By Chris Hoenig
The nation honors the life and legacy of Dr. Martin Luther King Jr. with a holiday that has transformed into a national day of service. But did you know the formal holiday almost never happened
Ideas for a national holiday recognizing the life and importance of the spokesman of the civil-rights movement began shortly after his assassination in 1968. But the first legislation making Dr. King’s birthday a holiday actually failed in Congress in 1979, falling five votes shy of the majority needed. King had not held a public office, keeping some Congressmen from voting in favor of the bill, while others had qualms about the price of paying federal workers to take a day off.
But public momentum for the honor grew. Companies including Coca-Cola put their power behind the movement, donating to the King Center and Coretta Scott King, Dr. King’s widow. The American people also joined the call, and Mrs. King presented Congress with the largest public petition in history, more than six million signatures asking to pass the holiday to recognize her late husband.
Opposition still existed in the Senate—including from North Carolina Republican Jesse Helms, who called King a communist, and Arizona Republican John McCain—as well as the White House, where President Ronald Reagan was concerned with the costs of a federal holiday. After it passed the House by a 338-90 margin, Reagan signed the bill in the White House Rose Garden on Nov. 2, 1983, but it wasn’t until Jan. 20, 1986, that Martin Luther King Day was observed for the first time.
Under the newly established law, the federal government would close on the third Monday of every January to recognize and honor Dr. King. (While not officially one of the holidays recognized by the Uniform Monday Holiday Act, Martin Luther King Day follows the same protocol, which calls for it to be observed on a Monday, rather than Dr. King’s actual birthday, Jan. 15.)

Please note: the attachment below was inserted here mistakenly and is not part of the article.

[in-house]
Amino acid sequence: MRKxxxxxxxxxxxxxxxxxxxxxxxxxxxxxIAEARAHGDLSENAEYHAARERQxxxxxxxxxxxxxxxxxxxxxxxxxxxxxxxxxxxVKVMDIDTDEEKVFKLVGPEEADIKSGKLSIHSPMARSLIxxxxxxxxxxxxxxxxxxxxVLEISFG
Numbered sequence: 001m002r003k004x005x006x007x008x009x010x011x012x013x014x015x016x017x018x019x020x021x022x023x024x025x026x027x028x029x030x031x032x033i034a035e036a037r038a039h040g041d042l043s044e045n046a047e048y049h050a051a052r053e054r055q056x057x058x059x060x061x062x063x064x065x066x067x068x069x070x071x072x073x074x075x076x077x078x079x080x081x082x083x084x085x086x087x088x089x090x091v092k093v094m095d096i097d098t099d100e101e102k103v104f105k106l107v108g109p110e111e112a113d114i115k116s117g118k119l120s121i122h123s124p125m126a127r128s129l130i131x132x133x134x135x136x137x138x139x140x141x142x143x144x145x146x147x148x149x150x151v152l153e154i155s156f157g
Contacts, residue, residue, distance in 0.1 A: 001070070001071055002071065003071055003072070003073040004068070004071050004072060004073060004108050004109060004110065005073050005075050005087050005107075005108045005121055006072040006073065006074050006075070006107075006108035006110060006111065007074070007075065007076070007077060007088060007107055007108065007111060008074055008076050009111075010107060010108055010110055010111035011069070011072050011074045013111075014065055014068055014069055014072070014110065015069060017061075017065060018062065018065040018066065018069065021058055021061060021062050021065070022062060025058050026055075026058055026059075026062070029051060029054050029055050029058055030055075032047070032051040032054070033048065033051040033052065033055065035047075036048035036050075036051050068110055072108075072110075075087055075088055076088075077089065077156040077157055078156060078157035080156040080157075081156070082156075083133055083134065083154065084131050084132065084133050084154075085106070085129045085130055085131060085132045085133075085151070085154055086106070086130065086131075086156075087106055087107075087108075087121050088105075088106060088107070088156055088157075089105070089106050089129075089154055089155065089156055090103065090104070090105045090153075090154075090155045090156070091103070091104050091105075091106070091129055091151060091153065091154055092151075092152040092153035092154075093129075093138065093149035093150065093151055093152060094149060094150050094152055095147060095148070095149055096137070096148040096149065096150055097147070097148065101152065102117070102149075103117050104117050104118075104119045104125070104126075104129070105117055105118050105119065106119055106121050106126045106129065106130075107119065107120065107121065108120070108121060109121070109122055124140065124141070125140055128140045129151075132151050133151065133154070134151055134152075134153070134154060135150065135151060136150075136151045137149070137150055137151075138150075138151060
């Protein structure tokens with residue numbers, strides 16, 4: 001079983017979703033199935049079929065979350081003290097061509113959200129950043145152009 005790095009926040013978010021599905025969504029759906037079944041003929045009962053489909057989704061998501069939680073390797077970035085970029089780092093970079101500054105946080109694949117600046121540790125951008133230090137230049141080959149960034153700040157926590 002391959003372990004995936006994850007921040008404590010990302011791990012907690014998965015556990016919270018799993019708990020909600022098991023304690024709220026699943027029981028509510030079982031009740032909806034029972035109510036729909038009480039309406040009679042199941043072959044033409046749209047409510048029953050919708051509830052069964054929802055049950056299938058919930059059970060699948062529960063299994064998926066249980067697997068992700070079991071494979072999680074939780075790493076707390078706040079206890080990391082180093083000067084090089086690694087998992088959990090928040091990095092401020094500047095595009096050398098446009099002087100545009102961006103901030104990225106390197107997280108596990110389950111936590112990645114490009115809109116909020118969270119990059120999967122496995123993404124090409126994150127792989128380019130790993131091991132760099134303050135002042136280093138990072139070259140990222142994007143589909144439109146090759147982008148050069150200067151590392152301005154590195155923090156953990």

Even then, not all 50 states recognized the holiday. Arizona revoked the holiday, but bowed to pressure when the NFL threatened to move the 1993 Super Bowl, which had been awarded to the state, in protest of its lack of recognition. Martin Luther King Day was ultimately reinstated in Arizona in 1990, but not before the NFL moved the Super Bowl to Pasadena, Calif..
New Hampshire didn’t recognize any holiday until 1991, but it wasn’t until 1999 that Civil Rights Day in the state was officially changed to Martin Luther King Day. South Carolina, Virginia and Utah all recognized Martin Luther King Day as its own holiday for the first time in 2000, marking the first time it was observed in all 50 states.
In Mississippi and Alabama, Martin Luther King Day still shares the date with a state holiday recognizing former Confederate General Robert E. Lee.
While not a formal holiday, Martin Luther King Day is celebrated outside of the United States as well. The mayors of Toronto and Hiroshima, Japan, have issued proclamations that honor the date as a day of service and remembrance in those cities.
The holiday transformed nationwide in the mid-1990s after Congress passed the King Holiday and Service Act, calling on Americans to honor Dr. King with a day of citizen action and volunteer service. President Bill Clinton signed the legislation into law on Aug. 23, 1994. MLKDay.gov hosts a search function to find a service project near you, as well as toolkits to help plan and register your own projects in honor of Dr. King.